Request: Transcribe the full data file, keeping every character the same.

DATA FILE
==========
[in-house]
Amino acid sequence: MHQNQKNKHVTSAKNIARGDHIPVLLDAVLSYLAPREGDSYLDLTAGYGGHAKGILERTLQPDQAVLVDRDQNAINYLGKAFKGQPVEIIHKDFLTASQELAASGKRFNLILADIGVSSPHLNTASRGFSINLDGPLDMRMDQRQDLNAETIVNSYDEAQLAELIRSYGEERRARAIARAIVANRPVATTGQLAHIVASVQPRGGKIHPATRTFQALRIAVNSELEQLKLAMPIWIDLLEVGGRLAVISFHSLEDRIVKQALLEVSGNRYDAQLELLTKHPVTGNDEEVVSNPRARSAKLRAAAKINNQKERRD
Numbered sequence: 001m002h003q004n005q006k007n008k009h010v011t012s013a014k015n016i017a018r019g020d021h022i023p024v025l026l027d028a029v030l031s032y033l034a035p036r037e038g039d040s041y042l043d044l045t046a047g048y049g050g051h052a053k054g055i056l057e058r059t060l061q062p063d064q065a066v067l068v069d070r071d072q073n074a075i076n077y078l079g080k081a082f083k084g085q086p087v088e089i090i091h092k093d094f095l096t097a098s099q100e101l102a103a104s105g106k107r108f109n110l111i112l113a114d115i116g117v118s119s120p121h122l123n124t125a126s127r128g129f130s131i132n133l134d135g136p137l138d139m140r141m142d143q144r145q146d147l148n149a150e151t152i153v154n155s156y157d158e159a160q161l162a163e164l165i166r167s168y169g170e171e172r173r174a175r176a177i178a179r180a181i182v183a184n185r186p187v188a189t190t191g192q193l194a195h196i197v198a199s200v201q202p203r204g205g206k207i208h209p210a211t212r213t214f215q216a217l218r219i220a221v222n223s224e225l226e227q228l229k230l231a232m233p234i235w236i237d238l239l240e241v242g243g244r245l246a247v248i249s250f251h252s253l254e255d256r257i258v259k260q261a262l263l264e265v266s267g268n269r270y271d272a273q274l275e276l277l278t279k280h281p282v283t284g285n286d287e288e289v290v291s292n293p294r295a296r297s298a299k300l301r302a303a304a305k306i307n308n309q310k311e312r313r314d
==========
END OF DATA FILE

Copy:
[in-house]
Amino acid sequence: MHQNQKNKHVTSAKNIARGDHIPVLLDAVLSYLAPREGDSYLDLTAGYGGHAKGILERTLQPDQAVLVDRDQNAINYLGKAFKGQPVEIIHKDFLTASQELAASGKRFNLILADIGVSSPHLNTASRGFSINLDGPLDMRMDQRQDLNAETIVNSYDEAQLAELIRSYGEERRARAIARAIVANRPVATTGQLAHIVASVQPRGGKIHPATRTFQALRIAVNSELEQLKLAMPIWIDLLEVGGRLAVISFHSLEDRIVKQALLEVSGNRYDAQLELLTKHPVTGNDEEVVSNPRARSAKLRAAAKINNQKERRD
Numbered sequence: 001m002h003q004n005q006k007n008k009h010v011t012s013a014k015n016i017a018r019g020d021h022i023p024v025l026l027d028a029v030l031s032y033l034a035p036r037e038g039d040s041y042l043d044l045t046a047g048y049g050g051h052a053k054g055i056l057e058r059t060l061q062p063d064q065a066v067l068v069d070r071d072q073n074a075i076n077y078l079g080k081a082f083k084g085q086p087v088e089i090i091h092k093d094f095l096t097a098s099q100e101l102a103a104s105g106k107r108f109n110l111i112l113a114d115i116g117v118s119s120p121h122l123n124t125a126s127r128g129f130s131i132n133l134d135g136p137l138d139m140r141m142d143q144r145q146d147l148n149a150e151t152i153v154n155s156y157d158e159a160q161l162a163e164l165i166r167s168y169g170e171e172r173r174a175r176a177i178a179r180a181i182v183a184n185r186p187v188a189t190t191g192q193l194a195h196i197v198a199s200v201q202p203r204g205g206k207i208h209p210a211t212r213t214f215q216a217l218r219i220a221v222n223s224e225l226e227q228l229k230l231a232m233p234i235w236i237d238l239l240e241v242g243g244r245l246a247v248i249s250f251h252s253l254e255d256r257i258v259k260q261a262l263l264e265v266s267g268n269r270y271d272a273q274l275e276l277l278t279k280h281p282v283t284g285n286d287e288e289v290v291s292n293p294r295a296r297s298a299k300l301r302a303a304a305k306i307n308n309q310k311e312r313r314d